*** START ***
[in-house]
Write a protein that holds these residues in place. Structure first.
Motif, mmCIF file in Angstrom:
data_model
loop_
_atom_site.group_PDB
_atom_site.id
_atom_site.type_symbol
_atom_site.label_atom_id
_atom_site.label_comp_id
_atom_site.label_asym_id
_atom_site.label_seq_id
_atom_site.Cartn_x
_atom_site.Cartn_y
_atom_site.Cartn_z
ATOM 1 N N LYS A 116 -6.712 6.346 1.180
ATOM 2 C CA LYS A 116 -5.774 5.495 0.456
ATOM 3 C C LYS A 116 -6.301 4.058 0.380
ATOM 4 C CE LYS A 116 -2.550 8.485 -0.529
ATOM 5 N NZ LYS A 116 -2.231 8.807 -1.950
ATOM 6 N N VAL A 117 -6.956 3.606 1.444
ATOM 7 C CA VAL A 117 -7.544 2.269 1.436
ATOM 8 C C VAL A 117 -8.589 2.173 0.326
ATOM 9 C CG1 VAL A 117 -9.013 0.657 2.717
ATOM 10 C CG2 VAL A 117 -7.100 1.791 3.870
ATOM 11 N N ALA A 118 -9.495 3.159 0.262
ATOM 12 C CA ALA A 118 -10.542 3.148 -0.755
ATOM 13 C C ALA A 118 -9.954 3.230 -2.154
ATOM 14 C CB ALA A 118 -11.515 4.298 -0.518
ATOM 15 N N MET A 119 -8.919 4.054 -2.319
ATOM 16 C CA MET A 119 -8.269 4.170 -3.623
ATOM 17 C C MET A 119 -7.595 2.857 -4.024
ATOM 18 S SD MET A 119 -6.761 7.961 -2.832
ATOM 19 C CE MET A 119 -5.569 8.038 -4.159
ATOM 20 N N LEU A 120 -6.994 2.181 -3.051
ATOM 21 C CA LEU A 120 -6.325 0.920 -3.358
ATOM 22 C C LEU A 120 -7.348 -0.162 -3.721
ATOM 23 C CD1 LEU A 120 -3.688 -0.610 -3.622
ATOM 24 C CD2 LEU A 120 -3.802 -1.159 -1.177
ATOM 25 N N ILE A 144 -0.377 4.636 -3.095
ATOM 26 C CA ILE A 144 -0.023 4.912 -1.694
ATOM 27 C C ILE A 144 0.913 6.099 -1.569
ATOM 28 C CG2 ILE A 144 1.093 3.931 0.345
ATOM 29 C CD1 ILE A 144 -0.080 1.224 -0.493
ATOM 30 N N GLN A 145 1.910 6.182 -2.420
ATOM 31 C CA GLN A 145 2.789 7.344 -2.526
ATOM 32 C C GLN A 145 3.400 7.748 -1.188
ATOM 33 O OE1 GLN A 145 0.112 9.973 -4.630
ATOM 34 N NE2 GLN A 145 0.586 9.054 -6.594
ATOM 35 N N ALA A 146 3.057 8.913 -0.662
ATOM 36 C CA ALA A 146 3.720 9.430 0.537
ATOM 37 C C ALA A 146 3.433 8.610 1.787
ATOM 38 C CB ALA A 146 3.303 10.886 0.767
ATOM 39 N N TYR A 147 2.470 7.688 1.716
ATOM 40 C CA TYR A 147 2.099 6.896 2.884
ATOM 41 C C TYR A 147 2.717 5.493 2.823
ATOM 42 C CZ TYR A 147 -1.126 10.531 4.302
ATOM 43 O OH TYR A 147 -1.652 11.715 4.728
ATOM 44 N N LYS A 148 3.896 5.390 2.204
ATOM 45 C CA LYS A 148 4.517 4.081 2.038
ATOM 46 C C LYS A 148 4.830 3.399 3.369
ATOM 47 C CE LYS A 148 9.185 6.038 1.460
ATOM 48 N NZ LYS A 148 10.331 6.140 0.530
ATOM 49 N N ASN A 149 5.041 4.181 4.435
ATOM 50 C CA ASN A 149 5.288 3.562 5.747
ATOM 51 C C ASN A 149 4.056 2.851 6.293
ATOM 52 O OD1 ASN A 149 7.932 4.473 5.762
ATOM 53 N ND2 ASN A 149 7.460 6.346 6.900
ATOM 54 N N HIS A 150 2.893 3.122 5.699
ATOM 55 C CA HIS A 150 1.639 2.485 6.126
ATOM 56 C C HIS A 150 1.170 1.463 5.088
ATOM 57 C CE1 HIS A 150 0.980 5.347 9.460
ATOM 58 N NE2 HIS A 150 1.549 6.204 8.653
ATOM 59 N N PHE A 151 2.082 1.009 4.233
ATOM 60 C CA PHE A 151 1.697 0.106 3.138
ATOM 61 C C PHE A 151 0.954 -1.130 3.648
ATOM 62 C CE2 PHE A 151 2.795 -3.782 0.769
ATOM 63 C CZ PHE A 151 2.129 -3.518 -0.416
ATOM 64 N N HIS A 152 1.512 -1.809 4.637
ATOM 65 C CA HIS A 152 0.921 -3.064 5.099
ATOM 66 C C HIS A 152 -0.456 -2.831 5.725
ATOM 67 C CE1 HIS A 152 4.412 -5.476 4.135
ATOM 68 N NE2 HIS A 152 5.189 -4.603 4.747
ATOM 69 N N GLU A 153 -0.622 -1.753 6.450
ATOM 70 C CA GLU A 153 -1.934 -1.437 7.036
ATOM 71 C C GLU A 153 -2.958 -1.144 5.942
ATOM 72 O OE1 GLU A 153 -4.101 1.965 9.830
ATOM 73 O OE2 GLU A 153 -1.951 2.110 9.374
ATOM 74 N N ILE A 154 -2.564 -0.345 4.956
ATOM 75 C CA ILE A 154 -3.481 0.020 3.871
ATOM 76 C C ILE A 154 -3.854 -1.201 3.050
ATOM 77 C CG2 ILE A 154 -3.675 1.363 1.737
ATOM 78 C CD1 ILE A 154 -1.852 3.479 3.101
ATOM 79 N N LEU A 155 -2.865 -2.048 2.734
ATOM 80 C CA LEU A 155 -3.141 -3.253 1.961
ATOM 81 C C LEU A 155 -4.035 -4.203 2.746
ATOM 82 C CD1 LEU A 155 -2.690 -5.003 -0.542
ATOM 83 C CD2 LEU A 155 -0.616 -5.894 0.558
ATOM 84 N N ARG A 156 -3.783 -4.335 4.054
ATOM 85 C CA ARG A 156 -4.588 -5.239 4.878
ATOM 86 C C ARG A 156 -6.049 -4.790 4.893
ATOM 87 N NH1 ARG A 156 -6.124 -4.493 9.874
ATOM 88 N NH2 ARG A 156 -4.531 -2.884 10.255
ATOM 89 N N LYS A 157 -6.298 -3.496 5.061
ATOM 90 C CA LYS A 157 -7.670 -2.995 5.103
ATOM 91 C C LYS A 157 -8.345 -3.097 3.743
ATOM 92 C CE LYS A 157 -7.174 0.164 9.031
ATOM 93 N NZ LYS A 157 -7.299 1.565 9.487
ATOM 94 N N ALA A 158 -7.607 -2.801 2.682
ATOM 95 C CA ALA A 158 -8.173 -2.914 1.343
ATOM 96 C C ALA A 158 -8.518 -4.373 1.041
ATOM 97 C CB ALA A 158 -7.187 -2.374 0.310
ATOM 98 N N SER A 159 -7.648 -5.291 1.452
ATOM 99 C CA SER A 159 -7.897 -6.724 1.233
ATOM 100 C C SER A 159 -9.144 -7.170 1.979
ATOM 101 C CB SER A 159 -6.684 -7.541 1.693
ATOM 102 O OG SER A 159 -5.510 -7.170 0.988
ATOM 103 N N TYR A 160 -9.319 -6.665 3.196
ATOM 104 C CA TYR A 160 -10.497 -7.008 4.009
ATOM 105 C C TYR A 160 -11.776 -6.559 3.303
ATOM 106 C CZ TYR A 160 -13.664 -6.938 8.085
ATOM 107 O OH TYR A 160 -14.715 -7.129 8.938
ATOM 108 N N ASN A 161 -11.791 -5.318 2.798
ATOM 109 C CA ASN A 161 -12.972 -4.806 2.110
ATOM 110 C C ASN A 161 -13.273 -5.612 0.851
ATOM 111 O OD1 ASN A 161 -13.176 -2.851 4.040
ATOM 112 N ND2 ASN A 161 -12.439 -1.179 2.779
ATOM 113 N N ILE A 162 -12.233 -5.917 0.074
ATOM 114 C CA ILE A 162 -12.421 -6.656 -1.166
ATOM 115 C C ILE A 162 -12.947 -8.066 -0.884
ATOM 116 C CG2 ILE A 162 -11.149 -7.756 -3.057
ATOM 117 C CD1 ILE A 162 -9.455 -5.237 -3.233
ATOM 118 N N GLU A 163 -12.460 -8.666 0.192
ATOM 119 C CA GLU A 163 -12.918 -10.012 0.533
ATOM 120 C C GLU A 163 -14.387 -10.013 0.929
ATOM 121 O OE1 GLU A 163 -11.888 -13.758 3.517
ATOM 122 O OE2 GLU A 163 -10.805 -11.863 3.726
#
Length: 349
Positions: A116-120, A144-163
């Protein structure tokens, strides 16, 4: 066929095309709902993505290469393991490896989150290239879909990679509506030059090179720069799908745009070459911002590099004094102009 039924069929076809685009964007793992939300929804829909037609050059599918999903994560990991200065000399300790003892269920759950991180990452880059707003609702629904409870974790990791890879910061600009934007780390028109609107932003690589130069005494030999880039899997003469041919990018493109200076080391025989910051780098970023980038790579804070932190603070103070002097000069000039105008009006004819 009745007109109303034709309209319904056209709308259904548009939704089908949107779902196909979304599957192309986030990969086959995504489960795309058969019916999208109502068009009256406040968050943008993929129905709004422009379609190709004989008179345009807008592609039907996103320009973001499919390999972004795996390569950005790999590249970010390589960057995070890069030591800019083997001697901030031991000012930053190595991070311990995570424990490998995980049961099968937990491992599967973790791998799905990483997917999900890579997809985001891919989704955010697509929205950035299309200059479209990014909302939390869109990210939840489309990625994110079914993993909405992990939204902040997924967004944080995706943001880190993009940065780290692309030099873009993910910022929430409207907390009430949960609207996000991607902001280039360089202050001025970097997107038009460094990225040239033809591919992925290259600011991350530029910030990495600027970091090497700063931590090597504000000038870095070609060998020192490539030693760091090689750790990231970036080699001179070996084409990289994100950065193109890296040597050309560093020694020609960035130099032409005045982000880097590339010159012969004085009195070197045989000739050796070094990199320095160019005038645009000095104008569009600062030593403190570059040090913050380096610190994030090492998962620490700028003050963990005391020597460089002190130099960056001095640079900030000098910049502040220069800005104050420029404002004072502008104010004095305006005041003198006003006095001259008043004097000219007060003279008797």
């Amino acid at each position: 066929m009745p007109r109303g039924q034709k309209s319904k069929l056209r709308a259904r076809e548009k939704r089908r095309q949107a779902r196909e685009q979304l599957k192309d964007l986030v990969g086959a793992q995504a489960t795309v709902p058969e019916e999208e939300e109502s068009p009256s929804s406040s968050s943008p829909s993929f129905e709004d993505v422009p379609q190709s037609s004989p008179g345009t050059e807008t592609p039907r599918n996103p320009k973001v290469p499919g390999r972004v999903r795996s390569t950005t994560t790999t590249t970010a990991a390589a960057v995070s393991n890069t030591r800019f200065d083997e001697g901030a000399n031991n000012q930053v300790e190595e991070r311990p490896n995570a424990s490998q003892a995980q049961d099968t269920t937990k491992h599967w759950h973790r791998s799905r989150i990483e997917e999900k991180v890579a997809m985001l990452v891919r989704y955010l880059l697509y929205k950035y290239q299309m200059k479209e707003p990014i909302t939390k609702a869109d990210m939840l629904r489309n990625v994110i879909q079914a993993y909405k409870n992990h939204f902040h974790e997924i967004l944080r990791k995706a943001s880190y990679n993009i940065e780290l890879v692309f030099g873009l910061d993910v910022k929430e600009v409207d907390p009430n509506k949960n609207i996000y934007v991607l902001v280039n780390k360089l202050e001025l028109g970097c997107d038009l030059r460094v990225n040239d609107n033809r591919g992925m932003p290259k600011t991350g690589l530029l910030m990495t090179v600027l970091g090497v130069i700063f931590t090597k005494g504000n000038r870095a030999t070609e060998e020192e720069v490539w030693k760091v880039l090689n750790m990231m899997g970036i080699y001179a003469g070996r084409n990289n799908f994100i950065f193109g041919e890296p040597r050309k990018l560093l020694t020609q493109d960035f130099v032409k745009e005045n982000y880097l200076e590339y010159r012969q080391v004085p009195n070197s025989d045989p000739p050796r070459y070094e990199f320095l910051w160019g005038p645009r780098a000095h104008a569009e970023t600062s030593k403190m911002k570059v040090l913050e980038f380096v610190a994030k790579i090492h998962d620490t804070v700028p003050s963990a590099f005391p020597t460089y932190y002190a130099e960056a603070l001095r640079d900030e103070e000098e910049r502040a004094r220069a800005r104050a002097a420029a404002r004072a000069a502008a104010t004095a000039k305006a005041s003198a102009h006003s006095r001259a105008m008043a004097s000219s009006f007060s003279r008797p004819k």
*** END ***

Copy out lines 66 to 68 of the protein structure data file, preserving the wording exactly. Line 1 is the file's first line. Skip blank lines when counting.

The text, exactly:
ATOM 51 C C ASN A 149 4.056 2.851 6.293
ATOM 52 O OD1 ASN A 149 7.932 4.473 5.762
ATOM 53 N ND2 ASN A 149 7.460 6.346 6.900